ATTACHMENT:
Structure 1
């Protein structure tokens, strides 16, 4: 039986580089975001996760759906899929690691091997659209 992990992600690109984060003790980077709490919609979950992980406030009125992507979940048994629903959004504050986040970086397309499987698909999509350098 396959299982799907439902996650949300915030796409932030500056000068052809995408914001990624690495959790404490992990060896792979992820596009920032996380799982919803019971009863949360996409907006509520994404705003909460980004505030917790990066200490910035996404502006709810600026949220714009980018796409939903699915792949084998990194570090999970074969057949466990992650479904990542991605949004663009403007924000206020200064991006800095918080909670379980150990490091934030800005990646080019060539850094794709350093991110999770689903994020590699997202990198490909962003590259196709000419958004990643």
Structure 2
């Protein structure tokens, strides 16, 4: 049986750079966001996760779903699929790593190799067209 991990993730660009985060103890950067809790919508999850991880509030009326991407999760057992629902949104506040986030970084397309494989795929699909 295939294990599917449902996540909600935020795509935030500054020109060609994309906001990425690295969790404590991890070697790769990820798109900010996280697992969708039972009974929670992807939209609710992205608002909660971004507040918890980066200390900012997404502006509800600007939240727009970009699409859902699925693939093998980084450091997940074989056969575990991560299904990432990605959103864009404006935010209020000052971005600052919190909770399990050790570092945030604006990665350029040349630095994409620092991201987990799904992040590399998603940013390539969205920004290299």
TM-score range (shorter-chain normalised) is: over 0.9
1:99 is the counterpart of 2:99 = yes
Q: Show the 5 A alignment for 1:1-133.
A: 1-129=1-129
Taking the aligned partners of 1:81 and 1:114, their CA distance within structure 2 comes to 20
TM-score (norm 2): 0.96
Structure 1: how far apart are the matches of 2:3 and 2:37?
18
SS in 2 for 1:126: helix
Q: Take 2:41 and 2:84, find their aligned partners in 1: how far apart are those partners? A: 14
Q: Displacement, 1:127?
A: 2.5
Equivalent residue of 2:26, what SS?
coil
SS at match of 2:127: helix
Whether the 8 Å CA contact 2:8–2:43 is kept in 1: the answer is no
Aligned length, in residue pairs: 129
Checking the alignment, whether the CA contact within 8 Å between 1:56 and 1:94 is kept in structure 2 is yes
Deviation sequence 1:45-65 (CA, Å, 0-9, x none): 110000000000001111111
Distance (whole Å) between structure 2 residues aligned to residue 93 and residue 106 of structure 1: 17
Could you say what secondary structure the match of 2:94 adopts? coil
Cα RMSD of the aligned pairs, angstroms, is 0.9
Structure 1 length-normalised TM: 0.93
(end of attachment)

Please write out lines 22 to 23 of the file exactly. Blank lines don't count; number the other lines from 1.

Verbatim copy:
Checking the alignment, whether the CA contact within 8 Å between 1:56 and 1:94 is kept in structure 2 is yes
Deviation sequence 1:45-65 (CA, Å, 0-9, x none): 110000000000001111111